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City, Jefferson County officials tour old Woolworth building


For the first time, developer Erich H. Seber heard water dripping from the Woolworth Building’s leaky roof and saw damage it has caused to the original ceilings.

He is worried about what might happen if he and his business partner, David Gallo, are unable to begin their $15 million project next fall to transform the Public Square landmark into affordable housing.

The brick parapet — the wall-like structure at the top of the roof — also has structural problems and, if not addressed, could come tumbling down and fall through all of the building’s six floors, Mr. Seber said. The developers don’t know if the building can withstand another winter, he said.

On Thursday, city and Jefferson County officials toured the 91-year-old structure with the developers to see how much work it will take to renovate it into 50 apartments. The developers want the city, county and Watertown City School District to approve a 15-year tax abatement package for the project. No one from the Board of Education or district attended the tour.

In coming weeks, the three entities will be asked to approve the payment-in-lieu-of-taxes agreement.

While walking around the second floor, Donald C. Alexander, CEO of the Jefferson County Industrial Development Agency, asked whether “it was discouraging” to see the amount of deterioration that has occurred in recent months.

“There are obstacles, but it’s not impossible,” said Mr. Seber, who has estimated he’s been in the building as many as 30 times since he and his partner took over the project last fall.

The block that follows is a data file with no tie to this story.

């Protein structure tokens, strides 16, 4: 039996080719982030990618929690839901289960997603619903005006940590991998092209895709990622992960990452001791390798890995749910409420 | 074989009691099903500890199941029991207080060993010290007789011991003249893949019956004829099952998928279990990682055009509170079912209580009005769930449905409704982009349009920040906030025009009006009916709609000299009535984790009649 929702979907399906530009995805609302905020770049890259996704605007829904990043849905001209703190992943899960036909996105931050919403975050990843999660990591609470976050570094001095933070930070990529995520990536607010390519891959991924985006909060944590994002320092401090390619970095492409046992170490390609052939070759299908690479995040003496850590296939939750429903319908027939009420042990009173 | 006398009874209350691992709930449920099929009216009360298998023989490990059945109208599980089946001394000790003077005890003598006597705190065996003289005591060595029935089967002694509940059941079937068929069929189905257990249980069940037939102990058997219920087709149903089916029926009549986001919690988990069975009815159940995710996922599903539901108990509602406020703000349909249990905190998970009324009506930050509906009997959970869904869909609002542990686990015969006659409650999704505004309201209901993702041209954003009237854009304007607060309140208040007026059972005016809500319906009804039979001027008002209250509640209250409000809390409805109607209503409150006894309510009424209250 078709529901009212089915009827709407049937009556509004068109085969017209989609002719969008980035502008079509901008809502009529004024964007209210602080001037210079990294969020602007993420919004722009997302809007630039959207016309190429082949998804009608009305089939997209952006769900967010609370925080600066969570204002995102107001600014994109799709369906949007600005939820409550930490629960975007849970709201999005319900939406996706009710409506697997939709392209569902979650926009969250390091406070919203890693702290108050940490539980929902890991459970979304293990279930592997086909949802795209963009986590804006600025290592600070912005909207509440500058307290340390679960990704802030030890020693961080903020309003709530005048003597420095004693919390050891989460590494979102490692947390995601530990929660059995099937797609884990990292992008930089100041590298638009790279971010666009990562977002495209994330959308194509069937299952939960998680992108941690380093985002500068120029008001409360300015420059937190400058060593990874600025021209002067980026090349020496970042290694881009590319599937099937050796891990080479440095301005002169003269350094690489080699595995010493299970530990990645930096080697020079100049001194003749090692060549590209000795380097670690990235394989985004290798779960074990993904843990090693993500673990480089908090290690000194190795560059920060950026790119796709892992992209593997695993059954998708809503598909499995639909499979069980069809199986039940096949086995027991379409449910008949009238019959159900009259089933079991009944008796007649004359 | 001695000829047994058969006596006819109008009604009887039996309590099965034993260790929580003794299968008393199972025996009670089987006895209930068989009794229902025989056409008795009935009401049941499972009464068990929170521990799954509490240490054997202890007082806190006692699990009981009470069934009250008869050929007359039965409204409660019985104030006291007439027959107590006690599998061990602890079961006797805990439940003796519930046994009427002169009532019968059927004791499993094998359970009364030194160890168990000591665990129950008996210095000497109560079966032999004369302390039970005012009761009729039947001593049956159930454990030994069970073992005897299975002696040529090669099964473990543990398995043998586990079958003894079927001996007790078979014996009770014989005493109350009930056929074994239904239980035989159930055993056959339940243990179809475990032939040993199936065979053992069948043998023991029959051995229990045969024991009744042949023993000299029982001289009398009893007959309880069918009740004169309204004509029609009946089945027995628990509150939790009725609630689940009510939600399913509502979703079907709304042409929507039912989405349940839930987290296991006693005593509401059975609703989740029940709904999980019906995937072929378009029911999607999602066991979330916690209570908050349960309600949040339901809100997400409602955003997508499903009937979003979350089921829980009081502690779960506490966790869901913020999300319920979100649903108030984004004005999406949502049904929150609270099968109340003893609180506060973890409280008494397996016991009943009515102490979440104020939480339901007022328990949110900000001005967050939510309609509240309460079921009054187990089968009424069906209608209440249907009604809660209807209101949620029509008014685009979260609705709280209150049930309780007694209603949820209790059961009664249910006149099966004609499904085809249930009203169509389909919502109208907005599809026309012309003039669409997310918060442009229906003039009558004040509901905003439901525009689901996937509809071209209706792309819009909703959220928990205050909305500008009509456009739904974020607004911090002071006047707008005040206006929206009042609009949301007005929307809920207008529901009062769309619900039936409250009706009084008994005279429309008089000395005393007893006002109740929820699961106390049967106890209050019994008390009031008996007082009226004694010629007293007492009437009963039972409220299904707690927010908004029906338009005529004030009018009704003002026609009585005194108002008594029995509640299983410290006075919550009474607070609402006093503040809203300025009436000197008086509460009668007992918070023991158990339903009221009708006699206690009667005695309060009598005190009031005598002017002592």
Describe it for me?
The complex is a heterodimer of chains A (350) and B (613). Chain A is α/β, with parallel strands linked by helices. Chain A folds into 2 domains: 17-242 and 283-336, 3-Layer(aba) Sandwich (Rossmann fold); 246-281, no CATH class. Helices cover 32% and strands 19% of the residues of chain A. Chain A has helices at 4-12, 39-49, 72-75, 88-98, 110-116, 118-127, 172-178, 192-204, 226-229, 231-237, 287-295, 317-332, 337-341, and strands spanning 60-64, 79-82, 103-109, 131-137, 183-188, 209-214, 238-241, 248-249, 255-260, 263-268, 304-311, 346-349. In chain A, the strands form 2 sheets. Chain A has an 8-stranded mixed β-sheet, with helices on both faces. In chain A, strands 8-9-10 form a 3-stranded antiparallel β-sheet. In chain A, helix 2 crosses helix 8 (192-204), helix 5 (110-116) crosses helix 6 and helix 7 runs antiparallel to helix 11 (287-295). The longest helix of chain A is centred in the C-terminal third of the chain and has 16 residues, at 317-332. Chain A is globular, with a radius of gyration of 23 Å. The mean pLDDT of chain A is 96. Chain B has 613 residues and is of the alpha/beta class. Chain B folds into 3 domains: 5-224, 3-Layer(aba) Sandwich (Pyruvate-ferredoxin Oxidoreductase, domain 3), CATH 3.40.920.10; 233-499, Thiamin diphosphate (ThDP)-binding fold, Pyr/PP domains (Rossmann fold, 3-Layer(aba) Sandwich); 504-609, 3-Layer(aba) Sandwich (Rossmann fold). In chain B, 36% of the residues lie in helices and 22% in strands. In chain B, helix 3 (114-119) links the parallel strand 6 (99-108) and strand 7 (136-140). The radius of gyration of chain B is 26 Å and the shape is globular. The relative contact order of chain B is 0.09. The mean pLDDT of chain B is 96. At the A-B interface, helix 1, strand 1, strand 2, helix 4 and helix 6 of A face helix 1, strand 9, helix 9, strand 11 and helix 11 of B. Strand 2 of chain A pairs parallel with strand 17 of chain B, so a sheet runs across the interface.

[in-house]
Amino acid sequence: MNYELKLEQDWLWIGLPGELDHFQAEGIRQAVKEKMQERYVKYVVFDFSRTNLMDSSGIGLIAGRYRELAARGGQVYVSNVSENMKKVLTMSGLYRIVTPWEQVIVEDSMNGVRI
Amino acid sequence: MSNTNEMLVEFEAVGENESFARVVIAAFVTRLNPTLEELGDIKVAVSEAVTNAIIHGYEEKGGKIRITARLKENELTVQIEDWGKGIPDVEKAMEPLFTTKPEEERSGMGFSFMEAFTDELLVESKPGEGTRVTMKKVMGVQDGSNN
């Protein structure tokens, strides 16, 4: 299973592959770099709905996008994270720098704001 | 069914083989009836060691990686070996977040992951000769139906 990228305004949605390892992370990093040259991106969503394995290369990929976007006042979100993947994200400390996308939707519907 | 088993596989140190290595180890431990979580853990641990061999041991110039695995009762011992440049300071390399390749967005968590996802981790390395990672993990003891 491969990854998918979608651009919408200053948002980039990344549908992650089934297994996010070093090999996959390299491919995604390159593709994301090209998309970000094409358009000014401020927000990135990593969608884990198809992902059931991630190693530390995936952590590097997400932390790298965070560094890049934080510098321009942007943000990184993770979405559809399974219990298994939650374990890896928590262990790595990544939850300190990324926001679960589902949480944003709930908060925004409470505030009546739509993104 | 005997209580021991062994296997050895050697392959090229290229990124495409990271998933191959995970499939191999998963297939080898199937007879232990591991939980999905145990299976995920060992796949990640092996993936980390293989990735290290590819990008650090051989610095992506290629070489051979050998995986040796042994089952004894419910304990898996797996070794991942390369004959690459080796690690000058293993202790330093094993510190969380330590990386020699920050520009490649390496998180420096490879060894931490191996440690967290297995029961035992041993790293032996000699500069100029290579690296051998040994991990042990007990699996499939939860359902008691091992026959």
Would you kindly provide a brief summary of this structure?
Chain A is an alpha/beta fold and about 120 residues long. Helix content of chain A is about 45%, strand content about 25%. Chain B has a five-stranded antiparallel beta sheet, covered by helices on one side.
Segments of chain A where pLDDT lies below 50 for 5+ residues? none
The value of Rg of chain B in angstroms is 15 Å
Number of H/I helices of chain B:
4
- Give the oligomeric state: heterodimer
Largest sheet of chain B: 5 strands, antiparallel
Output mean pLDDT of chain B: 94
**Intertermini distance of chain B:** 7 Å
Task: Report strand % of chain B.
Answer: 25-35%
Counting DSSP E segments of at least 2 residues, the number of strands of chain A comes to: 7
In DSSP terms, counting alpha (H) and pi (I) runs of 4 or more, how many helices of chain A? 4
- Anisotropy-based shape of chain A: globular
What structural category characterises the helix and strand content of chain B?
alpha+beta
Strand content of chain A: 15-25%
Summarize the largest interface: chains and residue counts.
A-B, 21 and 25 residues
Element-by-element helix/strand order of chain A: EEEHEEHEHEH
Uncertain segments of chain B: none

They hope to hear as early as late April whether their application for about $8 million in historic tax credits to help finance the project is successful, Mr. Seber said.

If that happens, he hopes construction would start in September. It would take 12 to 14 months to complete.

The state Office of Parks, Recreation and Historic Preservation recently approved the preliminary drawings of how the developers plan to preserve the building’s historical characteristics. The developers also expect to hear soon from the National Park Service about their plans.

Plans call for incorporating the old U.S. mail drop box in the former office building’s lobby into the project. The elevator doors also would be reused. The storefront of the old Watertown Savings Bank location would be turned into a community room for tenants and its safe converted into a library.

The project would feature a mix of one- and two-bedroom apartments, geared mostly toward young professionals and older residents. Corridors on each floor would stay intact, but all other interior walls would be removed and replaced with a new configuration for the apartments, Mr. Seber said.

The 11,000 square feet of commercial space on the ground floor may include retail or office space, or possibly a restaurant.

The developers are working with Purcell Construction Corp., Watertown, and Lecesse Construction, West Henrietta, as contractors and the Syracuse-based Crawford & Stearns Architects and Preservation Planners to help with the project’s design. GYMO Architecture, Engineering & Land Surveying P.C., Watertown, is working on the engineering aspects of the project.

A musty smell dominated the old F.W. Woolworth store, where Re-Sale America was located in later years until it had to move out because of deteriorating conditions. Old vinyl records, boxes of VHS tapes, books and furniture now cover the floor.

The group that went on the tour recalled fond memories of the Woolworth store and the building in its heyday.

“My doctor was upstairs,” City Councilwoman Teresa R. Macaluso said. “I remember going to his office.”

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